By investing globally, we also reduce the country-specific risk. Neil Parag Parikh, Chairman and CEO, PPFAS Mutual Fund, says, "India-specific events such as demonetisation, border tension with neighbours, GST related issues, and bad monsoons will hamper the Indian portfolio. The overseas portfolio stays unaffected by such events."
Indian consumption patterns go beyond India's listed space. To name a few, look at Apple
Parikh says, "If we are such avid consumers of foreign brands, then surely they could also make for great investments.
Risks of investing in foreign equities and how to guard against them:
While investing directly in overseas markets, one should keep in mind taxation, compliance, anf operations. And if you are investing directly in the US, note that there is a 40 per cent inheritance tax. Parikh says, "The best way to guard against these is to invest in Indian mutual funds that invest part of the corpus abroad, or international funds/ETFs.
While investing in foreign funds, investors also run a currency risk. If the rupee appreciates against the currency of a foreign country whose fund you have invested in, your returns will be impacted. Counter this by investing in broadly diversified international funds.
What you should do: Gaurav Rastogi, Founder & CEO, Kuvera, says, "Investing abroad directly is cheaper except for really small amounts and also provides a wider choice of low-cost ETF in the international markets. The basics of investing apply to the international portion of your portfolio too - keep your costs low, focus on good asset allocation and rebalance periodically."
When you invest in these global funds, you should have an investment horizon of at least five years. Use the SIP route to take advantage of both currency and equity-market volatility in these funds. If you wish to invest country wise, invest in US-based funds first. Rastogi says, "The US is about 66 per cent of global equity markets. US stocks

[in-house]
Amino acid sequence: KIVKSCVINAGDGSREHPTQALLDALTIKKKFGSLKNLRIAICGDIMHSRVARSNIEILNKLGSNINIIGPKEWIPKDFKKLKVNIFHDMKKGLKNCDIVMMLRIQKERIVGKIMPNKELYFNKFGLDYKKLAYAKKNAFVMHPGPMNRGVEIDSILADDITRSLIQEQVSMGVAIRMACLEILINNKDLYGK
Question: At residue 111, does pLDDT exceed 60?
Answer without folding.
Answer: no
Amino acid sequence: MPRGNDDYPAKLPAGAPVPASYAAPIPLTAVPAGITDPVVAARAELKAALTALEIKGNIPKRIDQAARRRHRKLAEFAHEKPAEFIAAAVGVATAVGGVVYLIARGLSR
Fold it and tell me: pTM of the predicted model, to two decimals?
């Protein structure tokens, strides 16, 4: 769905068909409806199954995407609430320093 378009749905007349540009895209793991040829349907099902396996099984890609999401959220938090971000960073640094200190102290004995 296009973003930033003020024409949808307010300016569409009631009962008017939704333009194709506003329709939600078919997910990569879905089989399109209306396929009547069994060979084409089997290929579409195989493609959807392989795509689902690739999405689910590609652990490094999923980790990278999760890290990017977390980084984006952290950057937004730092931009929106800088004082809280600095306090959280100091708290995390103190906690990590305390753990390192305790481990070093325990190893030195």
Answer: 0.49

have two added advantages. They have historically had a low 34 per cent correlation with Indian stocks--so you get diversification benefit. These are priced in dollars, so they work as a currency hedge against rupee depreciation."
The right asset allocation is a specific and individual requirement based on your risk profile, and your advisor will be best suited to guide you on that. In a general sense make a meaningful allocation in your portfolio at, say, 10 per cent. Menon adds, " If you have expenses in foreign exchange because of business or your children studying abroad, you could increase your exposure to even 15 per cent or 20 per cent. Remember that this will be part of your overall recommended equity exposure too."
Pros of global investing
. Portfolio becomes more diversified, does not depend completely on domestic market
. Access to sectors and themes not available in India
. You are able to deal better with future expenses that will arise in a foreign currency, like children's foreign education, and travel
Cons of global investing
· Tax treatment of international funds is at par with debt funds
· You become subject to currency risk
· You also become subject to geo-political risks and risks specific to the country you invest in